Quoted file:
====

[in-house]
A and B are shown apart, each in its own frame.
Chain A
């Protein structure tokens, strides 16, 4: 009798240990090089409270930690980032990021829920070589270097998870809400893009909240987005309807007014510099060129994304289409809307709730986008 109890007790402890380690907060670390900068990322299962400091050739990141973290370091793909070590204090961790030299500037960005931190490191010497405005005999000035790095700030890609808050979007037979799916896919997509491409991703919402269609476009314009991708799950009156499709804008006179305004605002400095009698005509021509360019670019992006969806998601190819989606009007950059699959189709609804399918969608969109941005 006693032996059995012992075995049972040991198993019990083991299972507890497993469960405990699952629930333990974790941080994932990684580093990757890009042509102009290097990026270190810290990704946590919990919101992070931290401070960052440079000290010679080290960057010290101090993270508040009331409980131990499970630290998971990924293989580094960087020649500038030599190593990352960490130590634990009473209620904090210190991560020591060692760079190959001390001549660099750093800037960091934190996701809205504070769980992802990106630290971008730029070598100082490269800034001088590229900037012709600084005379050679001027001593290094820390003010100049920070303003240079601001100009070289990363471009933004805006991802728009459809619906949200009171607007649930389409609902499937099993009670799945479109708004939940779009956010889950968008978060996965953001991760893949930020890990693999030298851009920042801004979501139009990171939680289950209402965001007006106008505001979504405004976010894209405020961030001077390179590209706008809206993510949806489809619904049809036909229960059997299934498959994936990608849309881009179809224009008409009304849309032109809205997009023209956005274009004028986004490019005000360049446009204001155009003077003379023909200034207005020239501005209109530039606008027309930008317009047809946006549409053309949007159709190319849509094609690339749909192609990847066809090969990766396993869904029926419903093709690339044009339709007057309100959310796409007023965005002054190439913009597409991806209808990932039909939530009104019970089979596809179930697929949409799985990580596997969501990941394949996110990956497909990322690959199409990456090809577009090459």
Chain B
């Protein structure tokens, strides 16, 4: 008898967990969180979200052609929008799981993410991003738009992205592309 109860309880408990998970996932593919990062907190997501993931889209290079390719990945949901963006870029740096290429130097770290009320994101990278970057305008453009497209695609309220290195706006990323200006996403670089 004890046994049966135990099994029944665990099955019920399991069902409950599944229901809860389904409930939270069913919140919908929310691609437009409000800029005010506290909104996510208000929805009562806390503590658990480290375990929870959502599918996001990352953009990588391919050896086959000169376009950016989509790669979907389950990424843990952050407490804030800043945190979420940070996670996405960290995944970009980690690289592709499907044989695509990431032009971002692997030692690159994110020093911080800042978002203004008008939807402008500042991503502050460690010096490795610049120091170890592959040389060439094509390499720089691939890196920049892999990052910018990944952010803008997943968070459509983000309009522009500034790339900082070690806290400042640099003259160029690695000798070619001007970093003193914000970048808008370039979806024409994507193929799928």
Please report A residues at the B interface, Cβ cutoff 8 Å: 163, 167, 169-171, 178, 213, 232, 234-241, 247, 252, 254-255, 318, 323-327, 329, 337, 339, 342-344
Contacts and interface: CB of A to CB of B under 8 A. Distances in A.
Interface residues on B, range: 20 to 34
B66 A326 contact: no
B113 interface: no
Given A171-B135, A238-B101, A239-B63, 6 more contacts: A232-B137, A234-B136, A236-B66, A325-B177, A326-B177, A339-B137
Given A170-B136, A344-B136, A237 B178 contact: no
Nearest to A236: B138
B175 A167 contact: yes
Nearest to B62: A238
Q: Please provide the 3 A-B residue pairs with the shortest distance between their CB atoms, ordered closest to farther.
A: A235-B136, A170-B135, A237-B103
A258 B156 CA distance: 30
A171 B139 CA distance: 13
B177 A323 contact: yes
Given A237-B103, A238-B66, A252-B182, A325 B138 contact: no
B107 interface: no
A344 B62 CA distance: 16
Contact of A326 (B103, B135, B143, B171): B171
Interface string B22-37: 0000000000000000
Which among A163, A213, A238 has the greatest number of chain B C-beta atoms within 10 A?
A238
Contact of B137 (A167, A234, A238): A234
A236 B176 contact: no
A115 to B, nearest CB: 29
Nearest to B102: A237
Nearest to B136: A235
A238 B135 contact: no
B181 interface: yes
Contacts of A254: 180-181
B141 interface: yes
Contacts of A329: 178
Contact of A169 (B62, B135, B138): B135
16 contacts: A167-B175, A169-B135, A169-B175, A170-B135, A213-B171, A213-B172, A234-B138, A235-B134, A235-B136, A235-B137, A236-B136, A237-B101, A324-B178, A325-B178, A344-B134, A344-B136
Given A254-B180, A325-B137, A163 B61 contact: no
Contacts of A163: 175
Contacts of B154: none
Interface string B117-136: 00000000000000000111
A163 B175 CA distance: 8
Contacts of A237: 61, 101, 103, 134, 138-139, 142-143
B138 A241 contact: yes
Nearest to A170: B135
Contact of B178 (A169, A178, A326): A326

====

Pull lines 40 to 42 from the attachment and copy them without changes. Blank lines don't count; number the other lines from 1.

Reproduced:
16 contacts: A167-B175, A169-B135, A169-B175, A170-B135, A213-B171, A213-B172, A234-B138, A235-B134, A235-B136, A235-B137, A236-B136, A237-B101, A324-B178, A325-B178, A344-B134, A344-B136
Given A254-B180, A325-B137, A163 B61 contact: no
Contacts of A163: 175